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November 14, 2018

5 concrete signs to identify a dissatisfied employee

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We have talked before about employee retention and about all the mistakes that a company must avoid if it wants to hold on to its wealth of human resources.

However, no matter how much effort a company makes in this regard, it is inevitable that sooner or later, an unhappy employee will begin to consider the possibility of finding another job. In such cases, the only way to retain a valuable human resource is to catch the signs of their discontent in time, and take action as soon as possible to solve the problems that are pushing them towards leaving the company.

At first glance, the best signs that allow us to know that an employee is unsatisfied are behavioral ones.

Some of these are: suddenly dressing more formal than usual (perhaps in view of a job interview), an increase in the number of personal calls, a certain detachment towards work issues that used to interest them, trying to evade making long-term commitments, etc.

It must be emphasized, however, that these signs can be easily identified only by close coworkers and managers of small teams, and that in the absence of other more concrete sources of information, an employee’s resignation can come as a bolt from the blue for the Human Resources department and for the managers who would be most affected by it.

However, if the management of HR processes is digitized, the managers and the HR department can count on a large quantity of data and reports—which, furthermore, are objective and can be tracked automatically—to identify any significant decrease in an employee’s level of engagement and motivation.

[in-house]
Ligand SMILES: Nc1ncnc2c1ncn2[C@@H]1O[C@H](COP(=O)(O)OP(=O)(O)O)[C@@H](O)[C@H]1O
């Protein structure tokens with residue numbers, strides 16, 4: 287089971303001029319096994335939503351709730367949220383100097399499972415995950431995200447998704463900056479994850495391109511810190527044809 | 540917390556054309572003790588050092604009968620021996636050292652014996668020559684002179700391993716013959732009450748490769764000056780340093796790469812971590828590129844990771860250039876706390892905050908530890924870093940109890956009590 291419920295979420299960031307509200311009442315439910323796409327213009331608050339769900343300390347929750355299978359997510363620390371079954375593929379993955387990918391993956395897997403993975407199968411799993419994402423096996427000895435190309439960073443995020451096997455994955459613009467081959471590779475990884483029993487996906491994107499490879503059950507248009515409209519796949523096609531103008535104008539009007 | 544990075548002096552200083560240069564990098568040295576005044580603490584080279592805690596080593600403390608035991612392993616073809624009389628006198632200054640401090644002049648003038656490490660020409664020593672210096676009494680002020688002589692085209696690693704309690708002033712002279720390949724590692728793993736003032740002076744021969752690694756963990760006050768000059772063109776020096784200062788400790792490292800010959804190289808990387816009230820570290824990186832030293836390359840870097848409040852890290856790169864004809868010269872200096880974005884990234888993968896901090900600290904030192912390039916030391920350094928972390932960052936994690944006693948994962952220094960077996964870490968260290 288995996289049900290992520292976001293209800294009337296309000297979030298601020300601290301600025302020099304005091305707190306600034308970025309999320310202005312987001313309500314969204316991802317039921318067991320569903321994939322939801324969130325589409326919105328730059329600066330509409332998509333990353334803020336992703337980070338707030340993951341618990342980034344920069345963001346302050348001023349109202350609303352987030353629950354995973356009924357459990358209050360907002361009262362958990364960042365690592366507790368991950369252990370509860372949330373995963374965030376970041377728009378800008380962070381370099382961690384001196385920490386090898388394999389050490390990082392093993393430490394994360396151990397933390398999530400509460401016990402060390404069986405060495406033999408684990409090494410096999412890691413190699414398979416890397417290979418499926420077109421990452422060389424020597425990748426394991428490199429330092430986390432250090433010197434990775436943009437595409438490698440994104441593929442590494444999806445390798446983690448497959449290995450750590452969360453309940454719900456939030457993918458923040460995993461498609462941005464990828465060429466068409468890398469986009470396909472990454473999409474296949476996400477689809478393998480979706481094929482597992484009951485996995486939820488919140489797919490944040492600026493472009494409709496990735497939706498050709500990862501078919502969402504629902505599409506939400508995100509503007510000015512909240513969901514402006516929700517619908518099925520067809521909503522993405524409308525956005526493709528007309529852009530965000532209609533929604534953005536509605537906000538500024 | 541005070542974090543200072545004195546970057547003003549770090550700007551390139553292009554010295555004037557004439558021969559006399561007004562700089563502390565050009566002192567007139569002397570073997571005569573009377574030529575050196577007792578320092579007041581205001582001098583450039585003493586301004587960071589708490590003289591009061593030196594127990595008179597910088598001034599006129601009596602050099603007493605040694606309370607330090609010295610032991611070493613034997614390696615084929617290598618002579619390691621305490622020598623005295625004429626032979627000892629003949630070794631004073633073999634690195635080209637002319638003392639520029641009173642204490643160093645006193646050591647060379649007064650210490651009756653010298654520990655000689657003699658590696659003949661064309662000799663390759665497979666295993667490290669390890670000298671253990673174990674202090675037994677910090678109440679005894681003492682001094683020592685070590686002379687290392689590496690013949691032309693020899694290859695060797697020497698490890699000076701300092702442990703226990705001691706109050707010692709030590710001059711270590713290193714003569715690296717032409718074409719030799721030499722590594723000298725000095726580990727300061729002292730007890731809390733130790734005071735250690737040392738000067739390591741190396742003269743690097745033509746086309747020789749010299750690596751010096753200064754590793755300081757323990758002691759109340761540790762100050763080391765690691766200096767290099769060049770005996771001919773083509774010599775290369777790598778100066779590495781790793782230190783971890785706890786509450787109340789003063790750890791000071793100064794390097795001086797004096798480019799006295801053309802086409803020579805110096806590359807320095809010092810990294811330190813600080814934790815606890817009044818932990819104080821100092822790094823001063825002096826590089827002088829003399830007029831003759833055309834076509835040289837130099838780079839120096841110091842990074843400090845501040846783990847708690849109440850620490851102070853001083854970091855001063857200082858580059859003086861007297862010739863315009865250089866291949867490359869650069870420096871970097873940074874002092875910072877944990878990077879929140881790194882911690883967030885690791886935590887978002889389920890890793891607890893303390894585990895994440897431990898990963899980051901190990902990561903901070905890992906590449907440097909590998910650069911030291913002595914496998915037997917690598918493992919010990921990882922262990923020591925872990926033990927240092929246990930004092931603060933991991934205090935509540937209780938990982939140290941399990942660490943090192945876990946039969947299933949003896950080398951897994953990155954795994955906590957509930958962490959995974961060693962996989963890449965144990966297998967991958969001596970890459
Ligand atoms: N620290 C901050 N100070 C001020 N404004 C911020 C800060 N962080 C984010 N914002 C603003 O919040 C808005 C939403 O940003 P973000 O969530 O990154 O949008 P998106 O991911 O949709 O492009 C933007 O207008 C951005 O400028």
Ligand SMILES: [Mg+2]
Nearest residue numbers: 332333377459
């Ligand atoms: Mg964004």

Let’s look at some of this data.

Abnormalities in clocking in/out

Companies using modern attendance monitoring software have a valuable indicator at their disposal to detect any changes in the behavior of an employee.

Sudden and frequent lateness, errors and omissions in clocking in and out, the failure to send timely requests for leave, etc., all generate anomalies in the system that need to be resolved, and can easily set off alarm bells.

Drops in evaluation results

One of the advantages of a digitalized employee evaluation system is the possibility of easily identifying not only declines in performance—simply put, the failure to achieve a goal—but also the level of active participation in the process. An employee who suddenly stops being proactive and no longer gets the results they previously did might have “given up” and be planning to change jobs.

Lack of participation in corporate training

A self-service platform for organizing corporate training gives great autonomy to employees and allows you to identify those who are most interested in self-development.

A drastic drop in course enrollment, seminar attendance and/or grades may indicate a loss of interest in pursuing a career path within the company.

No longer working overtime

Has an employee who used to stay at the office well after the normal working hours suddenly stopped working overtime and putting in overtime requests?

This could also be a sign of a loss of interest towards the work they do at the company, which often comes before their resignation.

An increase in requests for leave and holidays

There is nothing wrong with an employee who wants to take some well-deserved time off or a vacation. But a sudden increase in such requests, if concentrated in a certain period of time and always sent on short notice, may be a signal that needs following up, if only to ensure that the employee isn’t going through some personal problems with which the company can help in some way.

Of course, such changes in an employee’s attitude and approach to work can come from a variety of causes. The important thing is to spot them, which gives you a reason for having a chat with the employee to find out if there is something amiss.

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